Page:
By Avatar photoShiloh Nevada Last updated: 28th October 2022

Petit Basset Griffon Vendeen


Avatar photo Shiloh Nevada
Last updated: 28th October 2022

The Petit Basset Griffon Vendeen is a well-known scenthound that originated in France. This canine has an elongated body covered with medium to long hair. The roundish face has round, expressive eyes, a triangular nose, a pair of loosely hanging ears, and a long, flat muzzle. With their four short legs, they stand very close to the ground, while the fluffy tail stands almost vertically erect to its body.

Petit Basset Griffon Vendeen Pictures

Quick Information

Also known asPBGV
PronunciationPuh-TEE Bah-SAY Gree-FOHN VON-day-uhn
Coat CharacteristicsRough, medium, long, dense, thick
Coat ColorsBlack, White, Black and Tan, Gray, Yellow
TypeCompanion Dog, Hound (Scent Hound), Therapy Dog
Group (of Breed)Purebred
Life Span/Expectancy11-14 years
Height (Size)Medium; 13-15 inches (full grown male and female)
Weight25-35 pounds (adults)
Litter Size4-7
Personality TraitsIndependent, Friendly, Playful, Outgoing
Good with ChildrenYes
Level of SensitivityModerate
Mouthiness (Proneness to Biting)Moderate
Competitive Registration/ Qualification InformationACA, ACR, AKC, ANKC, APRI, CKC, DRA, FCI, KCGB, NAPR, NKC, NZKC, PBGVCA

Video: PBGV Puppies Playing with Mother


The Petit Basset Griffon Vendeen is an ancient dog, bred in the 1500s in Vendéen, France for trailing hares in the region. Since the area they were indigenous to was mostly rocky, covered in underbrush and brambles, they evolved with a thick wire coat and short legs which made running and catching rabbits as well as smaller animals easier for them.

The breed might have been associated with the Basset Hound breed in the mid 19th century England. However, this Hound is larger by size also having a greater agility than the PBGV. Though they were classified as two distinct breeds – the ‘Petit’ and the ‘Grand’ – until the 1950s, the only difference was related to size. Later, in the 1970s, both the varieties began to be interbred by many contemporary breeders.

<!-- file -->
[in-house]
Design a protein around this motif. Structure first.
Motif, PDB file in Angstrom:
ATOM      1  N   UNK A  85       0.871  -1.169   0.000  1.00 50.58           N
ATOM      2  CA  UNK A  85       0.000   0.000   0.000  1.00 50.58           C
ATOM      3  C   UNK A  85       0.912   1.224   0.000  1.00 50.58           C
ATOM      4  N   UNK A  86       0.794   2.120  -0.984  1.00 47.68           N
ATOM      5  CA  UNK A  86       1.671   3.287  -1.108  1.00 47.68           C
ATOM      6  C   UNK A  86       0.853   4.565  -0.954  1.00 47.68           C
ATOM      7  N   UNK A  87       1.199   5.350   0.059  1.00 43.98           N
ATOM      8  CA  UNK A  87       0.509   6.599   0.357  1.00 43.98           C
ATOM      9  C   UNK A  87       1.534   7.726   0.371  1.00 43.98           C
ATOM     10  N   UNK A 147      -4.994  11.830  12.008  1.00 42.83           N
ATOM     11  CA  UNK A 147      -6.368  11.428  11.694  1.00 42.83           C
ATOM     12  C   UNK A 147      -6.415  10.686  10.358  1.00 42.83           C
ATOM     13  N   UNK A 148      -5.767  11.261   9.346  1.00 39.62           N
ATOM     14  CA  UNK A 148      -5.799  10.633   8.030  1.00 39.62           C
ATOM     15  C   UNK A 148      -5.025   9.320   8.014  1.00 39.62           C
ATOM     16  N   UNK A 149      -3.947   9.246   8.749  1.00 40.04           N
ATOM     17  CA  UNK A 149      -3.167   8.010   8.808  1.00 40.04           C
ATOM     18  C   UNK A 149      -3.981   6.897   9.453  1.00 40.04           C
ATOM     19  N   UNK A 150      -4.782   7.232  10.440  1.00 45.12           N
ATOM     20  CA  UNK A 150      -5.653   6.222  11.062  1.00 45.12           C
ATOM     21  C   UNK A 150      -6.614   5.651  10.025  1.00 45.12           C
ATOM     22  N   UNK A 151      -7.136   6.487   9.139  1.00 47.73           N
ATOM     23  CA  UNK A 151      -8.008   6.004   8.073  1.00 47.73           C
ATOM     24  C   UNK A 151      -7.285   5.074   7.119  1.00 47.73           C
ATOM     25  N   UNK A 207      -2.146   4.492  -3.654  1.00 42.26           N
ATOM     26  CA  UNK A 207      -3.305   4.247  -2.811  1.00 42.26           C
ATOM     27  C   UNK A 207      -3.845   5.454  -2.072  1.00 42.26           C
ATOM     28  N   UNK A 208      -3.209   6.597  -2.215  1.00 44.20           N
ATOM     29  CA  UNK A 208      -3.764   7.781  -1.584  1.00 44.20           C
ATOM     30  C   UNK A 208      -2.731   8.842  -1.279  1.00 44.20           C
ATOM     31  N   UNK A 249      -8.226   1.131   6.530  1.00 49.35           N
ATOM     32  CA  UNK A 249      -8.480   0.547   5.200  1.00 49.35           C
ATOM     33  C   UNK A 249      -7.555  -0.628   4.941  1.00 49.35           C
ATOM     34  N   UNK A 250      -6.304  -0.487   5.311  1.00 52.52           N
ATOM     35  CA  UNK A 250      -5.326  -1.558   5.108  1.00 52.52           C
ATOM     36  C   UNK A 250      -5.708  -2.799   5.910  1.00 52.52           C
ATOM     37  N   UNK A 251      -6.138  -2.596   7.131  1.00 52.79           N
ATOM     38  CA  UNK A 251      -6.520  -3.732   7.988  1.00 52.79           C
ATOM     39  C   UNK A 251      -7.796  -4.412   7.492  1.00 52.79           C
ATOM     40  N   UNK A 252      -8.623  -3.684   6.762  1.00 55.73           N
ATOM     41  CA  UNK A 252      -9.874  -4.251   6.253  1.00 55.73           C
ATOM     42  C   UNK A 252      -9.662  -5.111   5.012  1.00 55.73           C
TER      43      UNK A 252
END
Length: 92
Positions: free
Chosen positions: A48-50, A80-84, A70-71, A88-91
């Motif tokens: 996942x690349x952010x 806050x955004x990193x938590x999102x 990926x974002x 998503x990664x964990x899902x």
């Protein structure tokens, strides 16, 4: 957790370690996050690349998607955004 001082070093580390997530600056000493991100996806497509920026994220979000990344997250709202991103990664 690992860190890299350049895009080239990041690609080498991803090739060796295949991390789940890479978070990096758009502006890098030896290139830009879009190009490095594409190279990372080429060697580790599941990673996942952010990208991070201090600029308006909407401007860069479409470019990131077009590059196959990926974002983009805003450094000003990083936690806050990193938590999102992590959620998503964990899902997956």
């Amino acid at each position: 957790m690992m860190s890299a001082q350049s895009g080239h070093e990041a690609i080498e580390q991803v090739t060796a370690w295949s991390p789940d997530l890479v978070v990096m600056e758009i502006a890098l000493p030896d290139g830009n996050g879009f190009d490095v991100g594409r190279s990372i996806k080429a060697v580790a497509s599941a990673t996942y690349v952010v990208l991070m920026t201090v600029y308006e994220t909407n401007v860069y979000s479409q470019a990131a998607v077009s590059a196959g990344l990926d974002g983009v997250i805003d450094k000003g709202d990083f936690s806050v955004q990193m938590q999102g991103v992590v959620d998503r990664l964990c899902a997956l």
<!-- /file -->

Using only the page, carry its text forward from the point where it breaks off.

Finally, in 1990, the breed was recognized by the American Kennel Club, after which, the breed demanded the attention of many dog enthusiasts, and turned out to become famous very quickly.

Temperament and Behavior

Like its name, it also shares a few traits in common with the Basset Hound, though, many people think, it isn’t in any way a Basset Hound in a wire coat. Rather, it is more like a terrier by temperament. They are remarkably happy dogs that are born to be one of the happiest breeds around. This trait makes them an excellent companion and therapy dog to its family members as well.

They are not just the owner’s pet; they love people in general, and even strangers and other pets in the household (including cats). They would just create their moments of fun. However, they are of an independent nature, displaying stubborn behavior at times.

PBGVs also have a hunter instinct, possessing a love for digging, sniffing, exploring, as well as roaming around, also even emerging as a noisy barker. However, this trait makes it an excellent watchdog. They are good for new owners.



You would find your dog in its sweetest mood when it gets to spend equal time indoors and outdoors. Take your PBGV out every day for a considerable period so that it can move around to its heart content. Let it walk and play as long as it wants, or just allow it to run inside a fenced yard with no leash on.


They shed less. Brush your dog’s coat a couple of times every week. Like other long-hair breeds, this is necessary to keep the hair from getting entangled or dirty.

Health Problems

They are prone to issues like hip dysplasia, cancer, patellar luxation and cardiac problems. The PBGV Club of America has also got reports of recurring hypothyroidism, epilepsy, neck pain, issues with pupillary membranes, and recurrent ear infections. They also have a proneness to obesity.


  • Train the Petit Basset Griffon Vendeen puppies to help it get rid of any possible stubbornness. For example, if your dog forces you to follow his direction while going for a walk by pulling the leash, opt for the ‘tree method.’ The moment you see your dog is pulling you towards its direction, you stop right there. Let your dog sit there for a couple of minutes before you give it a treat for being obedient, and then start walking again.
  • The ‘Quiet’-command training is necessary to keep their barking instincts under check. Begin with treats, praises, and so on. Nonetheless, if you find your dog fails to gain control on its barking, you can always use distractions like a high-frequency sound emitter.
  • To keep your dog from digging, you can keep interesting and interactive toys spread around your yard or garden to keep it busy.


1½ to 2 cups of dry dog food is enough to meet their needs of daily energy and nutrition.

Interesting Facts

  • The word ‘Petit,’ in French, means small, and ‘Basset’ means ‘low to the ground.’ ‘Griffon’ is rough-coated, while ‘Vendéen’ is the region in France where the PBGV originated.
  • In 2013, a female Petit Basset Griffon Vendéen – Ch. Soletrader Peek A Boo (AKA Jilly) – owned by Sara Robertson and Wendy Doherty (handled by Gavin Robertson) won the ‘Best in Show’ title at the Crufts, the world’s biggest dog show.

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